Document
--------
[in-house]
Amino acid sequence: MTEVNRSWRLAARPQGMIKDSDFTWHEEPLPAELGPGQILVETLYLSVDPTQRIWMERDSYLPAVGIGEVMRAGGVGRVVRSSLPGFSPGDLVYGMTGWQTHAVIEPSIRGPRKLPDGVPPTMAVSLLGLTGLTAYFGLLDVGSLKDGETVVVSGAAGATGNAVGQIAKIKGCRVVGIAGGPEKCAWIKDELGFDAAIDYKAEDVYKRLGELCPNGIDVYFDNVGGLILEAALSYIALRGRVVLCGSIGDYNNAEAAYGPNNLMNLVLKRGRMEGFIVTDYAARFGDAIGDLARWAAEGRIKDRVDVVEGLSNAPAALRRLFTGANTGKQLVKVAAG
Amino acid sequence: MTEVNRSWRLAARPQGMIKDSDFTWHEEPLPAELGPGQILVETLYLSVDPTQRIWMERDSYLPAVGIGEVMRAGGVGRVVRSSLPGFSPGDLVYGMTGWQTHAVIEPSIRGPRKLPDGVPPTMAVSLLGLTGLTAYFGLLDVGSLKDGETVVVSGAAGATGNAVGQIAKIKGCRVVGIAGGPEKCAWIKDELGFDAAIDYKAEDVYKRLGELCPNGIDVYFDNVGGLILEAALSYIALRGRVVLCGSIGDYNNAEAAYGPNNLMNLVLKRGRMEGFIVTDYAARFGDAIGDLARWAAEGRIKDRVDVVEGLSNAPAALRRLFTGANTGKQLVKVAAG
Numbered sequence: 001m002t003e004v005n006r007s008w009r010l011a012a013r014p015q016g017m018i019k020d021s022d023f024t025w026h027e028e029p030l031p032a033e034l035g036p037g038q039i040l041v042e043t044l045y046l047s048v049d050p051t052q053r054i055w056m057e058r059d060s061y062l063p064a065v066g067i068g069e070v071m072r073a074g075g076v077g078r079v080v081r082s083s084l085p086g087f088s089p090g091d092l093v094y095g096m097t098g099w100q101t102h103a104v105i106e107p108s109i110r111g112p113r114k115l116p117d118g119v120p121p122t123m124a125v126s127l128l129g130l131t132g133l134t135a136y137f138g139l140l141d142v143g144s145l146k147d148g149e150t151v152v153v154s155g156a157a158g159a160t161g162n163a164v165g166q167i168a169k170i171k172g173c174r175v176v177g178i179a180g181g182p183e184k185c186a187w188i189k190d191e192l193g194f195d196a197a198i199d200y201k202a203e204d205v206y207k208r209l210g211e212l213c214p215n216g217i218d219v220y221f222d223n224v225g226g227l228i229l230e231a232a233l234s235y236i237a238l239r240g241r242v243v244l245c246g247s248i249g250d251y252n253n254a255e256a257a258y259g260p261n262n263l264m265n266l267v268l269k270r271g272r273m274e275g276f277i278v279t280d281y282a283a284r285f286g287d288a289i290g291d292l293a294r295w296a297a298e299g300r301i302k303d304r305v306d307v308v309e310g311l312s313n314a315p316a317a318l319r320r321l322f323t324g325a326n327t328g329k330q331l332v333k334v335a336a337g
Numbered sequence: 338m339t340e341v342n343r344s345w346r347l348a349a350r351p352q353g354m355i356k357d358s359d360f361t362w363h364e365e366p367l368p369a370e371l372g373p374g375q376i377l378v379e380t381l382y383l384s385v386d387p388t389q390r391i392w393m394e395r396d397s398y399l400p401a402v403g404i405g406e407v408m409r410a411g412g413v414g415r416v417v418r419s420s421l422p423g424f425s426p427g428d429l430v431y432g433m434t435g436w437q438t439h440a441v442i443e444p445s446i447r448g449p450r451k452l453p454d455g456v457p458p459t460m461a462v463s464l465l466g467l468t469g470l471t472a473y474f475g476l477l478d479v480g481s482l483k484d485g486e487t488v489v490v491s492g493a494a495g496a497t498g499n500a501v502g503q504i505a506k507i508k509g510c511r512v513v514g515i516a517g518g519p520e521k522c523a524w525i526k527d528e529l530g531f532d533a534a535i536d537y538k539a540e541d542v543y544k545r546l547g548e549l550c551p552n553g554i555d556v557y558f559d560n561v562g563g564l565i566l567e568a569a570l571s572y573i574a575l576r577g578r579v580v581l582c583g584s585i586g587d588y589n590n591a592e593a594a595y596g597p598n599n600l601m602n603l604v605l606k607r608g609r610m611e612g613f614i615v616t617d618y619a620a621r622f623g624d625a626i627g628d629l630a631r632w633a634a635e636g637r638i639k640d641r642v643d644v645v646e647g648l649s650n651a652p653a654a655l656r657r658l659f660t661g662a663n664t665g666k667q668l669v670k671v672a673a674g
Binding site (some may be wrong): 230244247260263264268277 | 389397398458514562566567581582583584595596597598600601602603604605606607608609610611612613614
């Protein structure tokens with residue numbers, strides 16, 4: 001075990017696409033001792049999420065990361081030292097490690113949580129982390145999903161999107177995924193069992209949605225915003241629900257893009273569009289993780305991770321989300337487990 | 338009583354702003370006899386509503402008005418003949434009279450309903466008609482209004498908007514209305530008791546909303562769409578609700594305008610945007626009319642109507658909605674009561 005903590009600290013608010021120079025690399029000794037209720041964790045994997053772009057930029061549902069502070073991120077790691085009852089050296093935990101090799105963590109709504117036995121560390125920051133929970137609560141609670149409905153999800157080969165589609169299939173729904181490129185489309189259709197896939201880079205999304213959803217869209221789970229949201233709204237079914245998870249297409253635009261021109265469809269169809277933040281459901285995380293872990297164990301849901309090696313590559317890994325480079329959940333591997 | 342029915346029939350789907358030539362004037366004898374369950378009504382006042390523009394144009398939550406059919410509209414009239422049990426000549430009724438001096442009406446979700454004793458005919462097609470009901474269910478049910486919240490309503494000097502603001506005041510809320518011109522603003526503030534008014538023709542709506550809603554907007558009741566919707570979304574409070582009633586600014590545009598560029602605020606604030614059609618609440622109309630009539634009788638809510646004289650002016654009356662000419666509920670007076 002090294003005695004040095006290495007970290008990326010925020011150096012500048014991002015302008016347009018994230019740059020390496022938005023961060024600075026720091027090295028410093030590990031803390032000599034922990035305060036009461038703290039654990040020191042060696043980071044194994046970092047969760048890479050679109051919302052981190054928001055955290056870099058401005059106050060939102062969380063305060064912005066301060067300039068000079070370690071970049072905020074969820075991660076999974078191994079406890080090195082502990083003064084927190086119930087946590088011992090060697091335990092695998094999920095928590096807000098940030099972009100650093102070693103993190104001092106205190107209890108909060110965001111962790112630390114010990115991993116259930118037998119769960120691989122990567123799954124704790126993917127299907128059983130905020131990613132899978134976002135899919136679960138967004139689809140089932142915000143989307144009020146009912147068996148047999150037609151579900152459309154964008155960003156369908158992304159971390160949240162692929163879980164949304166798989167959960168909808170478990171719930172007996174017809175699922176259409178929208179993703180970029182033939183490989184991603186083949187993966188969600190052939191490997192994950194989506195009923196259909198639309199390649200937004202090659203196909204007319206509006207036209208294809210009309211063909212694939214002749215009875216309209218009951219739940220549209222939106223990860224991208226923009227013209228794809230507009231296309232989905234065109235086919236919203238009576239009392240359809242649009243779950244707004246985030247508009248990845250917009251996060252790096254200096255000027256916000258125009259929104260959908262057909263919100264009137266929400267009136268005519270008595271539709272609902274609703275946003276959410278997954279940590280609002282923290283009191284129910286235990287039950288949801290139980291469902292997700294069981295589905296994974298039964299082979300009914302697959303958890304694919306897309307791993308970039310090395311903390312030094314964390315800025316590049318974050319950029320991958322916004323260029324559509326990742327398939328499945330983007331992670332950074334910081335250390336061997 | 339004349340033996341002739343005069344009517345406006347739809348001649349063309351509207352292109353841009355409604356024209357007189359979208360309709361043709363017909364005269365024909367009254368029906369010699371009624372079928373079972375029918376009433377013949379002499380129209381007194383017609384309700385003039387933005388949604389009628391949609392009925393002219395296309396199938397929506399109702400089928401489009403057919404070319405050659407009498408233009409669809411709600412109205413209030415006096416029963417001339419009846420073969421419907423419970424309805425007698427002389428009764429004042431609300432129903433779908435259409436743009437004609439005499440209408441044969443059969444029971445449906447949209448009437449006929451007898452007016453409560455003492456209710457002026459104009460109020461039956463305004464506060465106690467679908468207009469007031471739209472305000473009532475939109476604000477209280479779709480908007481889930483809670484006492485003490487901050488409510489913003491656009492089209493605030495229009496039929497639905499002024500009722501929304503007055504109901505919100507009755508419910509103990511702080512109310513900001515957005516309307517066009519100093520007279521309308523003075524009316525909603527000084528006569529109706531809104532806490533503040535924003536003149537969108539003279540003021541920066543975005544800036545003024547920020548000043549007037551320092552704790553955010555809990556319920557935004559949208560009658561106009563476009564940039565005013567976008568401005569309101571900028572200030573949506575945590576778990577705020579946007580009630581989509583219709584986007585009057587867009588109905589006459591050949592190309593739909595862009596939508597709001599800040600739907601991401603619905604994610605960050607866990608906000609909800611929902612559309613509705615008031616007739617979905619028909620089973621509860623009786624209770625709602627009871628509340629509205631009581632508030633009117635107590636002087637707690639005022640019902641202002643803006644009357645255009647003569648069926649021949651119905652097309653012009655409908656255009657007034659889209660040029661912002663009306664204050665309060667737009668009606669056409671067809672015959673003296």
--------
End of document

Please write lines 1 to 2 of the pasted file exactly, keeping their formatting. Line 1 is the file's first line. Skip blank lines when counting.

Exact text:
[in-house]
Amino acid sequence: MTEVNRSWRLAARPQGMIKDSDFTWHEEPLPAELGPGQILVETLYLSVDPTQRIWMERDSYLPAVGIGEVMRAGGVGRVVRSSLPGFSPGDLVYGMTGWQTHAVIEPSIRGPRKLPDGVPPTMAVSLLGLTGLTAYFGLLDVGSLKDGETVVVSGAAGATGNAVGQIAKIKGCRVVGIAGGPEKCAWIKDELGFDAAIDYKAEDVYKRLGELCPNGIDVYFDNVGGLILEAALSYIALRGRVVLCGSIGDYNNAEAAYGPNNLMNLVLKRGRMEGFIVTDYAARFGDAIGDLARWAAEGRIKDRVDVVEGLSNAPAALRRLFTGANTGKQLVKVAAG